A top that became a symbol of a Jewish holiday is growing in popularity
One of the universal symbols of the Jewish holiday Hanukkah is the dreidel, a little toy top used by children and adults during the annual celebration of the Festival of Lights.
And although the dreidel is a toy, it is the symbol of the holiday, which is really a minor holiday in the Jewish faith, said Rabbi Matt Cohen of Congregation B’nai Israel in Galveston.
Dreidels come in a variety of sizes, colors and materials, but their markings are the same worldwide — almost. On each of the four sides of the top is a single Hebrew letter: nun נ; gimel ג; hei ה; and shin ש. Translated they mean: A great miracle happened there. However, in Israel the letters are a bit different: nun נ; gimel ג; hei ה; and peh פ — A great miracle happened here.
The dreidel is a reminder of the miracle in the second century when the Maccabees successfully rebelled against Antiochus IV and their Greek-Syrian oppressors and celebrated in the temple in Jerusalem. Someone found a vessel of sacred oil — enough to light the candles for one day. The miracle occurred when the candles stayed lit for eight days, making Hanukkah today an eight-day celebration.
Because the event happened in Jerusalem, dreidels in Israel have different markings.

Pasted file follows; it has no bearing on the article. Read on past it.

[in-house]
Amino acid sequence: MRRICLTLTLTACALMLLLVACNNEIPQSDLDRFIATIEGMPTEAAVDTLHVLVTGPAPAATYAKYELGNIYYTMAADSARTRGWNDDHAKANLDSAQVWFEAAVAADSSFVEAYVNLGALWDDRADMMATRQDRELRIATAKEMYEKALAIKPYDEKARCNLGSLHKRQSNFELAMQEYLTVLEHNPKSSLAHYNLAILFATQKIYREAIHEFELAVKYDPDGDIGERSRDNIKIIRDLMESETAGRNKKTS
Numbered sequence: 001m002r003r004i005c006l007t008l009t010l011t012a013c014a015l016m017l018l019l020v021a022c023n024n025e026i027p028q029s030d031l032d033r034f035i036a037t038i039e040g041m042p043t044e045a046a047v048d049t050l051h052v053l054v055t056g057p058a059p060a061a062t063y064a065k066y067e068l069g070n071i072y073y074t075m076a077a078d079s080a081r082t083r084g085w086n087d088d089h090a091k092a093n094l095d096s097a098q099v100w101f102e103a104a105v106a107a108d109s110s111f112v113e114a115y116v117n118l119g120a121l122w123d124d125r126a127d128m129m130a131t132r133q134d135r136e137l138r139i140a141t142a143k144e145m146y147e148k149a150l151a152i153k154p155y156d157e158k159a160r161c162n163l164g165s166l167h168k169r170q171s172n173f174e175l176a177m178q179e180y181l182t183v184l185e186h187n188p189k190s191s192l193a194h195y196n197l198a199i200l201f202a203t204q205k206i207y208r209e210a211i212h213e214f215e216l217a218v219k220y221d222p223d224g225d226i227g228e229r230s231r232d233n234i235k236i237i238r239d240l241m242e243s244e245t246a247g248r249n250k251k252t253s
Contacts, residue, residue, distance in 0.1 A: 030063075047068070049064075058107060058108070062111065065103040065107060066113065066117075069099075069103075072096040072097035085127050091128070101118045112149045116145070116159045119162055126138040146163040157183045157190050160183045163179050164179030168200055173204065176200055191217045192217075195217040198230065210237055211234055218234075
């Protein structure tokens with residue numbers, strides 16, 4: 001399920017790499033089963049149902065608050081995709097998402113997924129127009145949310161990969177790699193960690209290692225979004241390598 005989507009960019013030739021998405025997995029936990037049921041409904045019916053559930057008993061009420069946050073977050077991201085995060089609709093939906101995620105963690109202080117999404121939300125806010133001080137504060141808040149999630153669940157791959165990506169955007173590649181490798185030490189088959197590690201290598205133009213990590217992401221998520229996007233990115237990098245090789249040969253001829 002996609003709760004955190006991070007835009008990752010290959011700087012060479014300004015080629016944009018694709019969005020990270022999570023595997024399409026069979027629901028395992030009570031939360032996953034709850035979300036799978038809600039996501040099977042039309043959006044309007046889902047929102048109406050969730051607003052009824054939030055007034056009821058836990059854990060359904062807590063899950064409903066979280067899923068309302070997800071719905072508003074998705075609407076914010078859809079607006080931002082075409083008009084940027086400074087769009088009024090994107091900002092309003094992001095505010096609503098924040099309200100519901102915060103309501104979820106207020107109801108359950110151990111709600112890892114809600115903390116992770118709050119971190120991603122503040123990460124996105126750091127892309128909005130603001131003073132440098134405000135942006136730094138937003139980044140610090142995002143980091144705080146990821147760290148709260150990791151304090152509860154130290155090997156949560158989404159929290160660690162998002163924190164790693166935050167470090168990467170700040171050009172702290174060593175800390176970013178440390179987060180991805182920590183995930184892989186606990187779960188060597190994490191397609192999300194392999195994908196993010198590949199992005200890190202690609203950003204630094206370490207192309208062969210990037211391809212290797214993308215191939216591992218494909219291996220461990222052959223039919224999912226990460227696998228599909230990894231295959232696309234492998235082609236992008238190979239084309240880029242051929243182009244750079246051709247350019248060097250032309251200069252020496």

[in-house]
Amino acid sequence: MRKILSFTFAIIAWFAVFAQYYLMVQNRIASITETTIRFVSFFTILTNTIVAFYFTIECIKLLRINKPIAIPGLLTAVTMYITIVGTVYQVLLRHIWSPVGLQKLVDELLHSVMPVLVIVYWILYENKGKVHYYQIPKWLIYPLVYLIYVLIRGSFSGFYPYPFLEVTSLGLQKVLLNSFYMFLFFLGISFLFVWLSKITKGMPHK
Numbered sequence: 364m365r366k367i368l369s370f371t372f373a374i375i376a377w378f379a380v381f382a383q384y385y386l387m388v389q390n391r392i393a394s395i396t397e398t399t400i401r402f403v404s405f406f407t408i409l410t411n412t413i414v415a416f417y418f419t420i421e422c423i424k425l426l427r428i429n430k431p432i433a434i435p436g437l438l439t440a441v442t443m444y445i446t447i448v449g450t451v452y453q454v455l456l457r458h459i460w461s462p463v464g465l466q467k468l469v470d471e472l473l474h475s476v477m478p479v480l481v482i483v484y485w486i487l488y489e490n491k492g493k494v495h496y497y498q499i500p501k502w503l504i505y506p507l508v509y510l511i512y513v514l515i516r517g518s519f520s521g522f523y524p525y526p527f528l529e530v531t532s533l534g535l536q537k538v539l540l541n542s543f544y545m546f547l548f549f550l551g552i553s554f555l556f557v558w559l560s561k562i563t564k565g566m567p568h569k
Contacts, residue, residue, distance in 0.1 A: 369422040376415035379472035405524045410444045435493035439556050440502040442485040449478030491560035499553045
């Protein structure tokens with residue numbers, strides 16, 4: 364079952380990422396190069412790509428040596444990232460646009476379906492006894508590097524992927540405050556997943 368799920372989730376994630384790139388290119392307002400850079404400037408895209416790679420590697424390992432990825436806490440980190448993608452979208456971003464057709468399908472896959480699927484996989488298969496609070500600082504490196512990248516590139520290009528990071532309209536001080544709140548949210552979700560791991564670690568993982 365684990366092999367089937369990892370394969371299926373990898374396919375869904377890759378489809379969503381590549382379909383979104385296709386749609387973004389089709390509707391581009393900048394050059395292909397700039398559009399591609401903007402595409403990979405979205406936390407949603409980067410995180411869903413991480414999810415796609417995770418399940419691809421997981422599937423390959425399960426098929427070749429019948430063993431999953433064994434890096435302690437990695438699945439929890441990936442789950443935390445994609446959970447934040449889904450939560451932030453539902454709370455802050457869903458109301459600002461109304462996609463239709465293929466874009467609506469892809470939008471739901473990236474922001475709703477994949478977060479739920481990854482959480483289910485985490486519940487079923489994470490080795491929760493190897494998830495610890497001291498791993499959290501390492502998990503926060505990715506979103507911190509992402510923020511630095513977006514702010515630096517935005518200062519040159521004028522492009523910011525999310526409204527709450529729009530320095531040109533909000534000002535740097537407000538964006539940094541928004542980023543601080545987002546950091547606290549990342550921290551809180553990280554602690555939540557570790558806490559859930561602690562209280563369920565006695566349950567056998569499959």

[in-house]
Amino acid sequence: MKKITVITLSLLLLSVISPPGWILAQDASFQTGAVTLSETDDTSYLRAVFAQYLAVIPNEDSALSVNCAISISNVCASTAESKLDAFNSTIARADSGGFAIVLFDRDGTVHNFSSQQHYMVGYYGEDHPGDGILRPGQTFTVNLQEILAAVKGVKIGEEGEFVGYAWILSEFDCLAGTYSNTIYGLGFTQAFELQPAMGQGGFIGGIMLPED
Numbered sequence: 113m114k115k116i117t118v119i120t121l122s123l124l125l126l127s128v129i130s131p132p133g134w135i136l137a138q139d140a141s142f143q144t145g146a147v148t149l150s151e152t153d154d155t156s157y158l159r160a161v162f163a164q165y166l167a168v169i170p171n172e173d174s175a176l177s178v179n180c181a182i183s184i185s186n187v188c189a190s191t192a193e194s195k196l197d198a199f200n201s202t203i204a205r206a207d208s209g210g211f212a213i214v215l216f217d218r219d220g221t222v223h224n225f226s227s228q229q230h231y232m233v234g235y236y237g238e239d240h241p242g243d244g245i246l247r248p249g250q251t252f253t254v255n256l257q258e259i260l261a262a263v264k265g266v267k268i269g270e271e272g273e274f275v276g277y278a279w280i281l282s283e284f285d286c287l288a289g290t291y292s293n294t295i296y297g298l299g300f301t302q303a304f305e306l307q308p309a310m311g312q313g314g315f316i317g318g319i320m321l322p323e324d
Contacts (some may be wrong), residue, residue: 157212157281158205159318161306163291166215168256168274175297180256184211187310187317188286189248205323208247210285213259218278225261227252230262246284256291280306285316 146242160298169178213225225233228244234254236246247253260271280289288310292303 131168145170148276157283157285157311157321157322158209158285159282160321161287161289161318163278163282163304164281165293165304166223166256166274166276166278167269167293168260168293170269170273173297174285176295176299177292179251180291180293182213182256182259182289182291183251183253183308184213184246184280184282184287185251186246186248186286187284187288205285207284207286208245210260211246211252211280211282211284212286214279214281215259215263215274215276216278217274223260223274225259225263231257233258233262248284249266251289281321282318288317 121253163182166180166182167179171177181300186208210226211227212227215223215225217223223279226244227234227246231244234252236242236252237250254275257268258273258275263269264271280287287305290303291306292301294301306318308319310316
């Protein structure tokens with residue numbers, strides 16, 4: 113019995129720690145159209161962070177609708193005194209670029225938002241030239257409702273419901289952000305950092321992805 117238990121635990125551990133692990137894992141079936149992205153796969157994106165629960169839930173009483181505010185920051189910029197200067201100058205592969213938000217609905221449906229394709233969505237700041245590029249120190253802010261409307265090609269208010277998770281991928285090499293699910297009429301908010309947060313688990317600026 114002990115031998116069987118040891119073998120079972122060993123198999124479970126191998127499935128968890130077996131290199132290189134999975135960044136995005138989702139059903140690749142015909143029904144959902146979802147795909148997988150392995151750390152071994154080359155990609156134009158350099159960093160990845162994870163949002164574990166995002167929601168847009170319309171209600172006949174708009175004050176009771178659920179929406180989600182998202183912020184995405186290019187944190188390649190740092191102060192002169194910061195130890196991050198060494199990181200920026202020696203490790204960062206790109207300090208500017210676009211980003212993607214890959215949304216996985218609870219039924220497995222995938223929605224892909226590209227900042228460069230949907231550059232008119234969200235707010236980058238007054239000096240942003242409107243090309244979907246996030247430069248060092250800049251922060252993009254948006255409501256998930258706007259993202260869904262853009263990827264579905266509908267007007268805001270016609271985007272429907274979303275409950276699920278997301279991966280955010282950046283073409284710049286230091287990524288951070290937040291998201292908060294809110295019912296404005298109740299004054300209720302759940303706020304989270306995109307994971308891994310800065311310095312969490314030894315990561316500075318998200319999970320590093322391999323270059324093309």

There are several legends concerning the dreidel. During periods of war when the Jewish people were not permitted to practice their religion or study their holy books, this little toy helped remind them of their heritage, the story of Hanukkah and the great miracles — of which there are two, Cohen said.
Cohen said miracles that are seemingly mutually exclusive — the miracle of the oil that lasted for eight days and the story of the military conquest, which is detailed in the Books of Maccabees, which aren’t canonized religious books. It makes no mention of the miracle of the oil and lights. On the other hand, the Talmud, or Jewish book of civil and ceremonial law, focuses primarily on the miracle of the oil with only a brief mention of the conquest.
“It is a minor holiday but is a fun, family time,” Cohen said.
In recent years, dreidel-spinning games have become a sport in North America, played competitively and socially.
Major League Dreidel, founded in New York City in 2007, hosts dreidel tournaments during the holiday of Hanukkah, with competitors such as Mr. Spincredible, Juspin Beiber and Spincess Leia. In such tournaments, the player with the longest time of spin is the winner. Major League Dreidel is played on a Spinagogue, the official spinning stadium of Major League Dreidel. And since 2007, new games have been devised, such as “No Limit Texas Dreidel,” which is a cross between the traditional dreidel game and Texas Hold’em poker, invented by a company called ModernTribe.